Amazon (NASDAQ:AMZN) and Comcast (NASDAQ:CMC) are joining forces in what should be a mutually beneficial partnership.
Amazon Cable Store, a new section of Amazon.com that has just debuted, is reselling Comcast's television and Internet services, according to TechCrunch. Users can sort different packages that include Internet-only deals and hybrid Internet and TV bundles, and then schedule an installation at the same rate Comcast currently charges.
The e-commerce giant could use this partnership to market itself as the go-to location for cable subscriptions, particularly skinny bundles. The Comcast deal also lays the groundwork for Amazon to partner with other cable companies, which would open up a new revenue stream for Amazon.
Furthermore, the Amazon-Comcast partnership offers a chance for a content-licensing agreement in which Comcast's content appears on Amazon Prime, though this is strictly speculation at this point because details on the partnership are scarce.
The deal could also help Comcast because it increases the company's exposure to a digital audience as cable subscriptions continue to decline.Amazon.com logs about two billion visits each month, according to SimilarWeb.
Comcast also has been criticized for its customer service, but those who sign up through Amazon will have access to the e-commerce company's customer service through phone, email, chat, and social media channels.
The partnership between Amazon and Comcast is another way that cable companies are adjusting their strategies as cable subscriptions continue to decline. The rise of skinny bundles and subscription services such as Netflix and Hulu have led some to question if traditional pay-TV even has a place anymore.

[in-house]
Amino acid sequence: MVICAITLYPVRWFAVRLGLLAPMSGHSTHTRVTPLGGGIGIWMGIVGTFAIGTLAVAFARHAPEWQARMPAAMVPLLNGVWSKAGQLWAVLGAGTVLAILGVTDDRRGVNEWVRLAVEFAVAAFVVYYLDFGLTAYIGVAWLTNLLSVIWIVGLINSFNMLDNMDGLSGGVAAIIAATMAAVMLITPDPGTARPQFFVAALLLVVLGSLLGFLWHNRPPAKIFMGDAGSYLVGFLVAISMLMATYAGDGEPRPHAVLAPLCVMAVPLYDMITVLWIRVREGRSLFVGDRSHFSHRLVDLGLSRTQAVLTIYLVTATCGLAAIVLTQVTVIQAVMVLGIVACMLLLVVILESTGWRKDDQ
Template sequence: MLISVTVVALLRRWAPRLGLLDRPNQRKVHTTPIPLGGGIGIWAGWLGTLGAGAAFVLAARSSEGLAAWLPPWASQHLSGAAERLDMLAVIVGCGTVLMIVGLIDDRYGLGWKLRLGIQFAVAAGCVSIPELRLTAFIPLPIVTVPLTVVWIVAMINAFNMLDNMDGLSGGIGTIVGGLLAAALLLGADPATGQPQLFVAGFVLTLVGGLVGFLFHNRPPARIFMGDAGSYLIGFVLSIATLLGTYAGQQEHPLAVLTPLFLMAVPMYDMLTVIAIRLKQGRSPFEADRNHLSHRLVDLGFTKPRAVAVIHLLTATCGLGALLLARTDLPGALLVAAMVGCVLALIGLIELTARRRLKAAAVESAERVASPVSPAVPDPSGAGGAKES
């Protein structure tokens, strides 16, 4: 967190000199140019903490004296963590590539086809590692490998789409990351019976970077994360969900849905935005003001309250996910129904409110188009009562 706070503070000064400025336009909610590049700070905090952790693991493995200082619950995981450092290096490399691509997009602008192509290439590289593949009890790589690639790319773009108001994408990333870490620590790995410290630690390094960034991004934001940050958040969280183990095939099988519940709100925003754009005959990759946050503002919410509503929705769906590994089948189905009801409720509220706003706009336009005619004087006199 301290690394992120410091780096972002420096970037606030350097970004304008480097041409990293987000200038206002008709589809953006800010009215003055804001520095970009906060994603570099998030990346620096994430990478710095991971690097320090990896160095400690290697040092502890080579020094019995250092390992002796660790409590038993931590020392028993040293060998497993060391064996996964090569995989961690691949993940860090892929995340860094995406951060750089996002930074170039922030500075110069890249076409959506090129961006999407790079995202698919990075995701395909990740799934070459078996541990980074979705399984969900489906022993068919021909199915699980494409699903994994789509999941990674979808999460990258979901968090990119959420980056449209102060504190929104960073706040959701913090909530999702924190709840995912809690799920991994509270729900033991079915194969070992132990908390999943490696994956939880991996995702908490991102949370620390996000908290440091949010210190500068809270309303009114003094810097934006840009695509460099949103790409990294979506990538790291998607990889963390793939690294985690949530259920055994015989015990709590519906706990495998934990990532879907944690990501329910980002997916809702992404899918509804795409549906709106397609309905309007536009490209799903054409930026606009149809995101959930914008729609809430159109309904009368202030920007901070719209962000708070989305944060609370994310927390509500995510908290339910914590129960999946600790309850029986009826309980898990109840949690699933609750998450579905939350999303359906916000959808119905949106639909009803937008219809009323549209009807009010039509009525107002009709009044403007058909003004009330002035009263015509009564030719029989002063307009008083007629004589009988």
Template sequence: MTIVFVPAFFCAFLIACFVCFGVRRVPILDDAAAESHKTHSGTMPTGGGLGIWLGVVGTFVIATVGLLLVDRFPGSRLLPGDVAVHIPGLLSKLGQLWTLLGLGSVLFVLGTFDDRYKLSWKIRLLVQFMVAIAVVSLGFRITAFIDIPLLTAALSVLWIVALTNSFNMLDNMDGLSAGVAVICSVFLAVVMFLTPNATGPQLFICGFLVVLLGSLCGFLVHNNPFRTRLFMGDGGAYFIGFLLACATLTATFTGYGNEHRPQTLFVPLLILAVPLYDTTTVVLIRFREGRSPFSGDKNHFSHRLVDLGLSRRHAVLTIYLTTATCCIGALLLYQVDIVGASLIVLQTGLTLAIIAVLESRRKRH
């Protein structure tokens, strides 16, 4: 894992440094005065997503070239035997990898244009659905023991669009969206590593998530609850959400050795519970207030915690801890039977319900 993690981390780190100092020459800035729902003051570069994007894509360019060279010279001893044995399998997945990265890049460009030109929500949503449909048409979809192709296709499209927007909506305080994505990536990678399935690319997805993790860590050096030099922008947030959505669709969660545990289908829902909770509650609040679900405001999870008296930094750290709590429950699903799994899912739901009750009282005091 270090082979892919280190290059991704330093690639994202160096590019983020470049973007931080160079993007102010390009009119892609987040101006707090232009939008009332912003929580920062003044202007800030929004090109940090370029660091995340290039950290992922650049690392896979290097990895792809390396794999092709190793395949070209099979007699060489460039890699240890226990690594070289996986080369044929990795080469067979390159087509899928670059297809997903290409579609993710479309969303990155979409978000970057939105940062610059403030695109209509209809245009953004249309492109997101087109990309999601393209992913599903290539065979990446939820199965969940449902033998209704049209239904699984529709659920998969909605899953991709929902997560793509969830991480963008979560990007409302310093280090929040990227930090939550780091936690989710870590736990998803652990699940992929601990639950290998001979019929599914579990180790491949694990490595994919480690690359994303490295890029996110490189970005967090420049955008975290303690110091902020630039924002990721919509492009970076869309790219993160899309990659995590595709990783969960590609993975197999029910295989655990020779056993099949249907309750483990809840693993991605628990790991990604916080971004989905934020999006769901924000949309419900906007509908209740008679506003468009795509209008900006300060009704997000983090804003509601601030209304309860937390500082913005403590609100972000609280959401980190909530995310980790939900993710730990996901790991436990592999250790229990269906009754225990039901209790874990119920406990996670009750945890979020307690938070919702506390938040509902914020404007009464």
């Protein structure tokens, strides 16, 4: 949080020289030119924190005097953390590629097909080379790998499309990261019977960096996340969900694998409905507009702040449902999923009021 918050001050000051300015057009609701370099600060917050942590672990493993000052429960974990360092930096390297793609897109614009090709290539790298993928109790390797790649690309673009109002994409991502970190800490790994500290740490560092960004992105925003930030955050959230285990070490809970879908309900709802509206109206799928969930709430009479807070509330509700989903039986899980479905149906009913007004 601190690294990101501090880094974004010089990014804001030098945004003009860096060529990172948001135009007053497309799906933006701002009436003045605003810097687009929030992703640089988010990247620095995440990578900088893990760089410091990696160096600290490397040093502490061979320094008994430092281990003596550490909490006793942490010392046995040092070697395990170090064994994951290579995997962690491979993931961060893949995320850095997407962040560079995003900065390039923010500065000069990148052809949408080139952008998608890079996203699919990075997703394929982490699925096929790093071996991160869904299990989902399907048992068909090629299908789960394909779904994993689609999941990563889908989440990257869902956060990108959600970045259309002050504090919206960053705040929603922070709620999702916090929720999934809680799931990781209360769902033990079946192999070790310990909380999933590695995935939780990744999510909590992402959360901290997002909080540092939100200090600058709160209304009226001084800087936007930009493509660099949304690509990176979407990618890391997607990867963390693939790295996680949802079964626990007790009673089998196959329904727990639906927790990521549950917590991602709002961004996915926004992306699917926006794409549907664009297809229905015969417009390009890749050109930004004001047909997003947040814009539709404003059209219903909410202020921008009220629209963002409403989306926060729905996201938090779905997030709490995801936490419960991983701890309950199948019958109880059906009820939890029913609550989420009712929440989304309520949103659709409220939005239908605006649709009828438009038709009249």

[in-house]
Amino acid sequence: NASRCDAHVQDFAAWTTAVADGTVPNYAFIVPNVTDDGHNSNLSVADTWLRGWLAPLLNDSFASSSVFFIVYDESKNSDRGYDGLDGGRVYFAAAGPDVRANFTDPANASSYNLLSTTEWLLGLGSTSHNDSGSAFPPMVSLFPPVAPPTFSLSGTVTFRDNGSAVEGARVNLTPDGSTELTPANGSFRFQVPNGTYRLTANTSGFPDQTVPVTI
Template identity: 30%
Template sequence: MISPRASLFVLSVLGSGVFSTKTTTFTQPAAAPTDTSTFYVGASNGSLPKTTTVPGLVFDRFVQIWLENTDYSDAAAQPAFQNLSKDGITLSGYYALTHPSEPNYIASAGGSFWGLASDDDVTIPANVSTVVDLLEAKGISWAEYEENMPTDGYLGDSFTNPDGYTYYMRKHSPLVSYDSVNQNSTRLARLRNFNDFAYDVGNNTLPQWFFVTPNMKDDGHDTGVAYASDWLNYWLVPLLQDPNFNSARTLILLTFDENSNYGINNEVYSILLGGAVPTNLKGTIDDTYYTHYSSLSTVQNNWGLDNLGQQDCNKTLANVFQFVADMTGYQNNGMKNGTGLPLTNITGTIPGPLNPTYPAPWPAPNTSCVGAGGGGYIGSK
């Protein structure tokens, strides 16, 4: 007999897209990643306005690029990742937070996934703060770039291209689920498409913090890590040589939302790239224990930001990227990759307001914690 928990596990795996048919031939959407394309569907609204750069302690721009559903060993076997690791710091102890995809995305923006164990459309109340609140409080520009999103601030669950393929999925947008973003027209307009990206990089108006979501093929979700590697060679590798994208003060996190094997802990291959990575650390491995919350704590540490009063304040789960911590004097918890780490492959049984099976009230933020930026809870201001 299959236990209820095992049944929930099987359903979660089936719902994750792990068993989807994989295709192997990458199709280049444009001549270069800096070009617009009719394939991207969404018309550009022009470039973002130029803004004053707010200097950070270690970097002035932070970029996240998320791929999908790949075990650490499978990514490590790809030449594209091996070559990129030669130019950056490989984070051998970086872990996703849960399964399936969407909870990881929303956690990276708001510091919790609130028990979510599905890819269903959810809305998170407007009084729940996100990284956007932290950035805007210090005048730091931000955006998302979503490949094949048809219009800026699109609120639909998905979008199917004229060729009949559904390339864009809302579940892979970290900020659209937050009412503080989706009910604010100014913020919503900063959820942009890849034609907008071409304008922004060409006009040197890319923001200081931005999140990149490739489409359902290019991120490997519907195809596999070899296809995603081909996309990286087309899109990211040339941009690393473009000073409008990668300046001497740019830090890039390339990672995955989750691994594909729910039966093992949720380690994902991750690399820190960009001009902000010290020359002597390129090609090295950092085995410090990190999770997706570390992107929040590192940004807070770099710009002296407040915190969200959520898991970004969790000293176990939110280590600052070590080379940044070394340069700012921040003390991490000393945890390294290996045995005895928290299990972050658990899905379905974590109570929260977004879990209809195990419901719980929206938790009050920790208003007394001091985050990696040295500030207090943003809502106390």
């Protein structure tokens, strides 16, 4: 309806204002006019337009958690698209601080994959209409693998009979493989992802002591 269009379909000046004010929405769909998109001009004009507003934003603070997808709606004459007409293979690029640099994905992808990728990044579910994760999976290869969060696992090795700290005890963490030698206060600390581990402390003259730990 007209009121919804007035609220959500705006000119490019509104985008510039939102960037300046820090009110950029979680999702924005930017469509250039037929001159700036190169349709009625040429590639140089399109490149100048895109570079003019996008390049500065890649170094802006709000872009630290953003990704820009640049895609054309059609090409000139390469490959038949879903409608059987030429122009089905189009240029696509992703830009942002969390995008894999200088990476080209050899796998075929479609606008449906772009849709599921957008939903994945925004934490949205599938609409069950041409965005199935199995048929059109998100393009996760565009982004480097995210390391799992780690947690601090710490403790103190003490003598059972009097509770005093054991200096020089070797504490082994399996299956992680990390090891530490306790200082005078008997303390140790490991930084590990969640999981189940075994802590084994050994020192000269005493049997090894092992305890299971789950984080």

Margaret Boland, research analyst for BI Intelligence, Business Insider's premium research service, has compiled a detailed report on subscription video on-demand services that examines how the growth of SVOD is coming at the expense of the pay-TV industry. The report analyzes the state of the pay-TV industry and maps out which demographics are more likely to stop buying traditional TV packages.
The report also discuss the user base, original content offerings, and subscription models of the major subscription streaming services available today, including Netflix, Hulu, and Amazon Video. Finally, it looks at how traditional pay-TV companies and premium channels like HBO and Showtime are addressing the shift to digital viewing, as well as the implications of their response for advertisers.